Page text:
Link to Engagement

Recently, we…

Turn and talk to a partner about…What does a scientist look like? Do?

You are really beginning to understand __________________.  Today, we’re going to dig deeper with a new focus. This focus is…

Put‌ ‌students‌ ‌in‌ ‌small‌ ‌groups‌ ‌of‌ ‌3-4‌ ‌

Ask‌ ‌them‌ ‌the‌ ‌following‌ ‌questions‌ ‌and‌ ‌ask‌ ‌them‌ ‌to‌ ‌discuss‌ ‌in‌ ‌groups‌ ‌

Draw‌ ‌a‌ ‌scientist‌ ‌doing‌ ‌science‌ ‌?‌ ‌_‌ ‌Have‌ ‌students‌ ‌draw‌ ‌a‌ ‌picture/describe‌ ‌

  • What‌ ‌do‌ ‌scientists‌ ‌do?‌ ‌_Have‌ ‌students‌ ‌label‌ ‌drawing‌ ‌
  • Where‌ ‌do‌ ‌they‌ ‌work? _‌Have‌ ‌students‌ ‌make‌ ‌list‌ ‌
  • Why‌ ‌does‌ ‌someone‌ ‌become‌ ‌a‌ ‌scientist?‌ ‌_Have‌ ‌students‌ ‌make‌ ‌list‌ ‌
  • What‌ ‌makes‌ ‌a‌ ‌good‌ ‌scientist?_‌ ‌Have‌ ‌students‌ ‌make‌ ‌a‌ ‌list‌ ‌

Ask‌ ‌students‌ ‌to‌ ‌hang‌ ‌their‌ ‌posters.‌ ‌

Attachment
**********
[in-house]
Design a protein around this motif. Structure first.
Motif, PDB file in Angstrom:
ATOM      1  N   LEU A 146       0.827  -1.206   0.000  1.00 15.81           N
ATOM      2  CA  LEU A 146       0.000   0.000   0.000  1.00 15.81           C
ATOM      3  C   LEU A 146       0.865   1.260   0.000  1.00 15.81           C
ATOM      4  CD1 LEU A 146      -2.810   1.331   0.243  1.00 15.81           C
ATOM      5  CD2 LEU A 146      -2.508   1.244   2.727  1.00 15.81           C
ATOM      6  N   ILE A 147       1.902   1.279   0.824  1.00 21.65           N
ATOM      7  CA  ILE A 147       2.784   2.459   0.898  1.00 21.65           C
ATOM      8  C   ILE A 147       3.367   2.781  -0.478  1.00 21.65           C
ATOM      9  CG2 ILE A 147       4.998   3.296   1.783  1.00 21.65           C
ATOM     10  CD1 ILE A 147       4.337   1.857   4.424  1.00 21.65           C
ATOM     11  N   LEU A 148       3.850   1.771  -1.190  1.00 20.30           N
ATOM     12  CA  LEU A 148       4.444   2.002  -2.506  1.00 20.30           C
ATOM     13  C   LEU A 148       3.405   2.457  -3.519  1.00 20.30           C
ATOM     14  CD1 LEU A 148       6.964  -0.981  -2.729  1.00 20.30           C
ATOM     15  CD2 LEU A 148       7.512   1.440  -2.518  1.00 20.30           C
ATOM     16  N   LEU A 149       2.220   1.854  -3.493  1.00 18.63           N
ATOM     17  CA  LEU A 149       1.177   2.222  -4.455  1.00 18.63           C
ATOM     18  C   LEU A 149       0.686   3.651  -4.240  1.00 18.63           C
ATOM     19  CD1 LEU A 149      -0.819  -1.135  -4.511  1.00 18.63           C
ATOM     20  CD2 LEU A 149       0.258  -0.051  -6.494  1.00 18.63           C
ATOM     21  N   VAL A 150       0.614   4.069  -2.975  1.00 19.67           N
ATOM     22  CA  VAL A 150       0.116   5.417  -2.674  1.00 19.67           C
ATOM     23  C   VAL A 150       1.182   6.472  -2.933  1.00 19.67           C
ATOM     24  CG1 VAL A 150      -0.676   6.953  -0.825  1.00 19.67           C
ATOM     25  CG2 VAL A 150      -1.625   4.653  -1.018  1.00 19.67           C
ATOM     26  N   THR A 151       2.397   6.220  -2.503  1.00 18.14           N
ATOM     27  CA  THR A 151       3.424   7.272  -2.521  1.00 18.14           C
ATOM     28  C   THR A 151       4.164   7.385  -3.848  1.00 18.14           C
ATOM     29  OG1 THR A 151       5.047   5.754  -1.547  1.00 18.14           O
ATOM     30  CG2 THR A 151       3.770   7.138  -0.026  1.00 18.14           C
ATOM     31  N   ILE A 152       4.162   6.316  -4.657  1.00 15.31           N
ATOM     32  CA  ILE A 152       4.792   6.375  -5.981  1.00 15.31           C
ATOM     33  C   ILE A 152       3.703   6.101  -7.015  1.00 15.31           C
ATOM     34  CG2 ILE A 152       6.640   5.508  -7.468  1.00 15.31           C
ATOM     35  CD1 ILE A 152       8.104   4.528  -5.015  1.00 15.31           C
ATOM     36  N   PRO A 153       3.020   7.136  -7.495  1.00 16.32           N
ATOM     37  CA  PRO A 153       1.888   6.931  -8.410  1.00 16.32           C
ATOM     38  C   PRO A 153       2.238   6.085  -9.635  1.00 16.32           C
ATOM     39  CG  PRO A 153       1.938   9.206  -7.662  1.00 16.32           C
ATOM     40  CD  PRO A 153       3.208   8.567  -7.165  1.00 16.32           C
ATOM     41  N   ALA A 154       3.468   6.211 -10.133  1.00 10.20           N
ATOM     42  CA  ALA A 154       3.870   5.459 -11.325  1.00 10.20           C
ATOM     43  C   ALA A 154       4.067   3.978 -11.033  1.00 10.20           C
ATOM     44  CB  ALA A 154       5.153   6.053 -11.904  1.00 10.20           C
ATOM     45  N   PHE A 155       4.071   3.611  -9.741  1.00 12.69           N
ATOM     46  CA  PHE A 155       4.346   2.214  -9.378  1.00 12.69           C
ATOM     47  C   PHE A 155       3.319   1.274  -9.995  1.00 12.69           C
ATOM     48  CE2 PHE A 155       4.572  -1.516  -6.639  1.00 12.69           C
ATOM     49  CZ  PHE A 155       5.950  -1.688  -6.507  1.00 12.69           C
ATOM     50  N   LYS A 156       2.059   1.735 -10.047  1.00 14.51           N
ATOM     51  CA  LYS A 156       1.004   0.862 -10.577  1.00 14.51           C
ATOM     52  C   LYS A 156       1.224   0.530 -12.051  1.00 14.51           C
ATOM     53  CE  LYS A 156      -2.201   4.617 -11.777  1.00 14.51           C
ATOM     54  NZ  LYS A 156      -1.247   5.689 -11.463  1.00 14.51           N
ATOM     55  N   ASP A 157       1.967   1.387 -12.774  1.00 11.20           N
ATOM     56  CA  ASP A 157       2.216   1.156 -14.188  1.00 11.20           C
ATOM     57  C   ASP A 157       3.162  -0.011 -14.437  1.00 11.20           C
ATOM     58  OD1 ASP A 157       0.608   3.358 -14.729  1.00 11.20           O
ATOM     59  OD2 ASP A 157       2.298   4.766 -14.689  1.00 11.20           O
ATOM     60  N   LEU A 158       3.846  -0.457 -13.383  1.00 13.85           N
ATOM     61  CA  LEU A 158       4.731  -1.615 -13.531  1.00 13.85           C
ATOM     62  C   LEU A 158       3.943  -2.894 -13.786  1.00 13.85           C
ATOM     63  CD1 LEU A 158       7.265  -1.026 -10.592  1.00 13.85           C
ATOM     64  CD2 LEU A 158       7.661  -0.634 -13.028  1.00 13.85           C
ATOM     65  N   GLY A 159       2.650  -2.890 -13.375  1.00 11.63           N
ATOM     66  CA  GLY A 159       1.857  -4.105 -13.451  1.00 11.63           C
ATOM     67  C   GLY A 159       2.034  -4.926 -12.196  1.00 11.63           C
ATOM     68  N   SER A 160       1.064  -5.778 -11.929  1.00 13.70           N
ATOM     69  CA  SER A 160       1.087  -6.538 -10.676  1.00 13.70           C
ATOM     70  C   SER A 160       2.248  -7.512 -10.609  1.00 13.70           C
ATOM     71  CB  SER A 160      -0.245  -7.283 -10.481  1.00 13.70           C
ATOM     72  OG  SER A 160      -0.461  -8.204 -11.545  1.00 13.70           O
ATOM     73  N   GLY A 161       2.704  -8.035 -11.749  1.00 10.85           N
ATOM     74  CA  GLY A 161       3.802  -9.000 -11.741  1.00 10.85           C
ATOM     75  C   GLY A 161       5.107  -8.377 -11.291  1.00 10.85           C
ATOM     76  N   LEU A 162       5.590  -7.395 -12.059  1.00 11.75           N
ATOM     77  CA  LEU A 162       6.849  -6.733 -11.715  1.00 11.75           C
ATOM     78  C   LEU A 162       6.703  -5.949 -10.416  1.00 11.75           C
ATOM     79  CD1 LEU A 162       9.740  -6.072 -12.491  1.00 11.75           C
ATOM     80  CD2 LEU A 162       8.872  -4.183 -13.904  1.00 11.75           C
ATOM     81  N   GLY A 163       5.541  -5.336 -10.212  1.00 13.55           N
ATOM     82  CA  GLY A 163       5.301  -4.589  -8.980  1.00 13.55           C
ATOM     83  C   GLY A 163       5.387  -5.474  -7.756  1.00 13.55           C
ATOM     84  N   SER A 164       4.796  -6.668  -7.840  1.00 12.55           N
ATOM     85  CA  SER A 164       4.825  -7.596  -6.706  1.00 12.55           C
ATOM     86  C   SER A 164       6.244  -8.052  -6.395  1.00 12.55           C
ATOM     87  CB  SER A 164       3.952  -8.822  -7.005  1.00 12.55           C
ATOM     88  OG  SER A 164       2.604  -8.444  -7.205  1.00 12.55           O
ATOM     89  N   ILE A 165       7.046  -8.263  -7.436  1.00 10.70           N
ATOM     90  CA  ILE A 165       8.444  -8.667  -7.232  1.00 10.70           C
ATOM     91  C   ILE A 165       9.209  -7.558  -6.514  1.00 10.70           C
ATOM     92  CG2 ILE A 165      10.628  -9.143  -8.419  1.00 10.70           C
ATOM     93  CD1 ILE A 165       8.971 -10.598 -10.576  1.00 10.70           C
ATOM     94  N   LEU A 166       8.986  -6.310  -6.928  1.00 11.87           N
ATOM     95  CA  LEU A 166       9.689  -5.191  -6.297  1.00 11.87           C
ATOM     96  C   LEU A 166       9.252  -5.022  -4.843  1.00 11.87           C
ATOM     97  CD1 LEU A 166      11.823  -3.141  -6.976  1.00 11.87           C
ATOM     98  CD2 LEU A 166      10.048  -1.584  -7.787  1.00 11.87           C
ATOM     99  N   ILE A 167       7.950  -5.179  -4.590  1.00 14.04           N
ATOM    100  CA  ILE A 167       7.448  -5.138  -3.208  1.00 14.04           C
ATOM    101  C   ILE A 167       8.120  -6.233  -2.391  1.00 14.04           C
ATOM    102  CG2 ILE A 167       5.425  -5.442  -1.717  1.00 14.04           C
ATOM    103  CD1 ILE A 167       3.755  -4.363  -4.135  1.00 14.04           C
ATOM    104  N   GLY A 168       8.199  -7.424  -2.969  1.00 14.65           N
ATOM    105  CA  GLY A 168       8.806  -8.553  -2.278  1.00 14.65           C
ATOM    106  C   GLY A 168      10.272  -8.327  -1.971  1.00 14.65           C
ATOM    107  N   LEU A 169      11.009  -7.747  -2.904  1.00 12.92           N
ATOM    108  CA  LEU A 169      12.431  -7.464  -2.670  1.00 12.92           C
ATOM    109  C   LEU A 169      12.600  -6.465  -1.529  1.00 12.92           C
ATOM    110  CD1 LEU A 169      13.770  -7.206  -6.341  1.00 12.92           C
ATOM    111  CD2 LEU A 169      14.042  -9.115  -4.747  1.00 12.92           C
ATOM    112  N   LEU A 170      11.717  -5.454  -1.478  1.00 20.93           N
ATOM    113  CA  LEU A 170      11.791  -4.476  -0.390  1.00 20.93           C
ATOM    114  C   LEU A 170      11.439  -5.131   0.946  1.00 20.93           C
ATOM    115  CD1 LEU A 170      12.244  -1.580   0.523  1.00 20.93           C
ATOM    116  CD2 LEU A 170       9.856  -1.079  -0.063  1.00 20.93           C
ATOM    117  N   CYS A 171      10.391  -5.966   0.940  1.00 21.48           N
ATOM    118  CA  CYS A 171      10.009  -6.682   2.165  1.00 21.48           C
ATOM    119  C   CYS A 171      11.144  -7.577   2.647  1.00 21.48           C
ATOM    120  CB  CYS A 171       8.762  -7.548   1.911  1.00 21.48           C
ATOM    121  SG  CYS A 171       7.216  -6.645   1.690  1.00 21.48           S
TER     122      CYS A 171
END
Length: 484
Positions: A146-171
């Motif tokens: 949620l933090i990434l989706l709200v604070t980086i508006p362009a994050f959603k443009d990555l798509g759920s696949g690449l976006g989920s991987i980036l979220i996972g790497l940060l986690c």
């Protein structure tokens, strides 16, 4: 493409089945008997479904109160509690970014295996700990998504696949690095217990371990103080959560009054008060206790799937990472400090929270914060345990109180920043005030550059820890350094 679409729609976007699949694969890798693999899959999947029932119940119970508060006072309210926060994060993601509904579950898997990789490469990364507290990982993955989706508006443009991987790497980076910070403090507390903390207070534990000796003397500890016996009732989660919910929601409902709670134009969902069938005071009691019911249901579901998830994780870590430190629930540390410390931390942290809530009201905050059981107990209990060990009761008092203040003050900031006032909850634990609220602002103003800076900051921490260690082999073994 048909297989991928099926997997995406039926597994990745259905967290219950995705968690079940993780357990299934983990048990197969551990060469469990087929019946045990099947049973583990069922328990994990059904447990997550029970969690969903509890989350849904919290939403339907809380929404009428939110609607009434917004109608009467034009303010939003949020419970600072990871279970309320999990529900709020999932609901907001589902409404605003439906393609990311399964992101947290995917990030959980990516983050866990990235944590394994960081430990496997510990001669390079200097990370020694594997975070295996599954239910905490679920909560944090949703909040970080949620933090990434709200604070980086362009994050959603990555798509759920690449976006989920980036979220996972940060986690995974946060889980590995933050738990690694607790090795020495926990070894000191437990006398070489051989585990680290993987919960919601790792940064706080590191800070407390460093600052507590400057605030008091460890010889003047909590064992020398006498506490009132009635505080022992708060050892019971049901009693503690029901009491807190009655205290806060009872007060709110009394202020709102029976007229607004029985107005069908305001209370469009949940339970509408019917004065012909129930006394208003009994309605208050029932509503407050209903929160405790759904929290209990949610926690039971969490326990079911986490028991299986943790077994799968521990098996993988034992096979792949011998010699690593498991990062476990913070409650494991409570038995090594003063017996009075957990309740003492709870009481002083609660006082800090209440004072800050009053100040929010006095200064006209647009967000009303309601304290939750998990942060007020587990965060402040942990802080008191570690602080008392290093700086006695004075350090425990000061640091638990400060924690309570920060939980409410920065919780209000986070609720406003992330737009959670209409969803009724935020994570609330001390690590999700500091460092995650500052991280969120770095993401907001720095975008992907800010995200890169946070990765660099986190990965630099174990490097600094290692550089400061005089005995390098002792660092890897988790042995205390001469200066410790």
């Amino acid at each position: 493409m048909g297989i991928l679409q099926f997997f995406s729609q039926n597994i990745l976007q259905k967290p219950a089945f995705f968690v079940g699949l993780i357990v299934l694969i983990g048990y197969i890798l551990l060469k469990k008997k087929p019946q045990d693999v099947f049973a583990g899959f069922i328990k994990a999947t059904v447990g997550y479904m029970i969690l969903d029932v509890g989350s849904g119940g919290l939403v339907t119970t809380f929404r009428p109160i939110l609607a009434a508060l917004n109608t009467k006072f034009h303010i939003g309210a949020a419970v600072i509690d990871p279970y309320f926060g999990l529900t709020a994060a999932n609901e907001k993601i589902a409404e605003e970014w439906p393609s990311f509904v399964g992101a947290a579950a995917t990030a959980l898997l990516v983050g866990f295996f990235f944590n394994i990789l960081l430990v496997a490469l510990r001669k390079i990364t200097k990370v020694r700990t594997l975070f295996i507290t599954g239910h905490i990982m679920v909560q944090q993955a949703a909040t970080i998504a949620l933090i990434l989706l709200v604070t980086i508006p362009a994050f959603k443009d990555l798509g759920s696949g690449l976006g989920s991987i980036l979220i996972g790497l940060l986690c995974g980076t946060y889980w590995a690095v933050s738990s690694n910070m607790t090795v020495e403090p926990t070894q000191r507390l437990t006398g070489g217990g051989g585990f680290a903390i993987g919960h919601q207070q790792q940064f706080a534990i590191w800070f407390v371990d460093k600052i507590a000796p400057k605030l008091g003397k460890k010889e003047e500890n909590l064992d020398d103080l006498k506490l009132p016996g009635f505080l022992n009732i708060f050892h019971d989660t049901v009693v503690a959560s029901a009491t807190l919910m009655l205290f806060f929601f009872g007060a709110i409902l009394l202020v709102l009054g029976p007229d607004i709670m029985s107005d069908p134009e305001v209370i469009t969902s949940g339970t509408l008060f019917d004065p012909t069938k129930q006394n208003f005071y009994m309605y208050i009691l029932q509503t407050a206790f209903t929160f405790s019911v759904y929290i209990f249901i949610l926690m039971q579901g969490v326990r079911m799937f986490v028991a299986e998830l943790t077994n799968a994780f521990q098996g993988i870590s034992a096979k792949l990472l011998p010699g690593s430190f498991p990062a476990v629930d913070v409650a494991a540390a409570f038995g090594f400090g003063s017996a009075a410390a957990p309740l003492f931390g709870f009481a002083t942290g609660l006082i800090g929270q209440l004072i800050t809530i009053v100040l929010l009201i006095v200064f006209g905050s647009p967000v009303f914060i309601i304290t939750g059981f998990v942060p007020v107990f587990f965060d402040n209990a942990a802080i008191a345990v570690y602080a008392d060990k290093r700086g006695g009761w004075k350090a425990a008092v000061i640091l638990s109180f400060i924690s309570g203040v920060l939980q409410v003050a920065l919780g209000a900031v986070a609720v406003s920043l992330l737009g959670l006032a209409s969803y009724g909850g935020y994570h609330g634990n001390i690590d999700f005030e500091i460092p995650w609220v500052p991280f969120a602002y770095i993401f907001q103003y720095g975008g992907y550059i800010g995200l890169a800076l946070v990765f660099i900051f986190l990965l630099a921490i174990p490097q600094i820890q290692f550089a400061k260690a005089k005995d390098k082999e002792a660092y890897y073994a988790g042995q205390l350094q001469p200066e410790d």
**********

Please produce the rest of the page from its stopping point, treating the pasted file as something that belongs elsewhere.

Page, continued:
Direct‌ ‌students‌ ‌to‌ ‌do‌ ‌a‌ ‌wall‌ ‌walk‌ ‌and‌ ‌review‌ ‌their‌ ‌peers’‌ ‌posters.‌ ‌

 ‌Ask‌ ‌groups‌ ‌to‌ ‌reconvene‌ ‌and‌ ‌share‌ ‌a‌ ‌common‌ ‌themes‌ ‌they‌ ‌noted‌ ‌in‌ ‌posters.‌ ‌

 Teacher‌ ‌should‌ ‌display‌ ‌pictures‌ ‌of‌ ‌10-15‌ ‌historical‌ ‌scientists‌ ‌and‌ ‌describe‌ ‌their‌ ‌contribution.‌ ‌

What equipment, resources, or materials are needed?

Poster paper, markers, tape

Teacher created display of scientist (PowerPoint, Google slide)

How will we rethink or revise our thinking throughout the lesson?
  • What learning is confirmed?
  • What misconceptions are uncovered?
  • What is your new thinking?

Teacher‌ ‌facilitate‌ ‌a‌ ‌Q&A‌ ‌discussion. Share‌ ‌students’ ‌ ‌answers‌ ‌on: ‌

  • What‌ ‌does‌ ‌a‌ ‌scientist‌ ‌look‌ ‌like?‌
  • What‌ ‌do‌ ‌scientists‌ ‌do?‌
  • Where‌ ‌do‌ ‌they‌ ‌work?‌
  • Why‌ ‌does‌ ‌someone‌ ‌become‌ ‌a‌ ‌scientist?
  • What‌ ‌makes‌ ‌a‌ ‌good‌ ‌scientist?‌
How will students self-evaluate and reflect on their learning?

Ask‌ ‌students‌ ‌in‌ ‌their‌ ‌group‌ ‌to‌ ‌define‌ ‌“diversity”‌ ‌and‌ ‌“inclusivity”.‌ ‌Have‌ ‌groups‌ ‌share‌ ‌their‌ ‌answers.‌ ‌

In‌ ‌groups,‌ ‌have‌ ‌students‌ ‌develop‌ ‌identify‌ ‌on‌ ‌what‌ ‌steps‌  ‌in‌ ‌the‌ ‌science‌ ‌fields–‌ ‌a‌ ‌company,‌ ‌research‌ ‌lab‌ ‌can‌ ‌take‌ ‌to‌ ‌be‌ ‌more‌ ‌inclusive?

As‌ ‌class‌ ‌create‌ ‌a‌ ‌class‌ ‌a‌ ‌set‌ ‌of‌ ‌norms‌ ‌to‌ ‌ensure‌ ‌inclusivity‌ ‌in‌ ‌science‌ ‌class.‌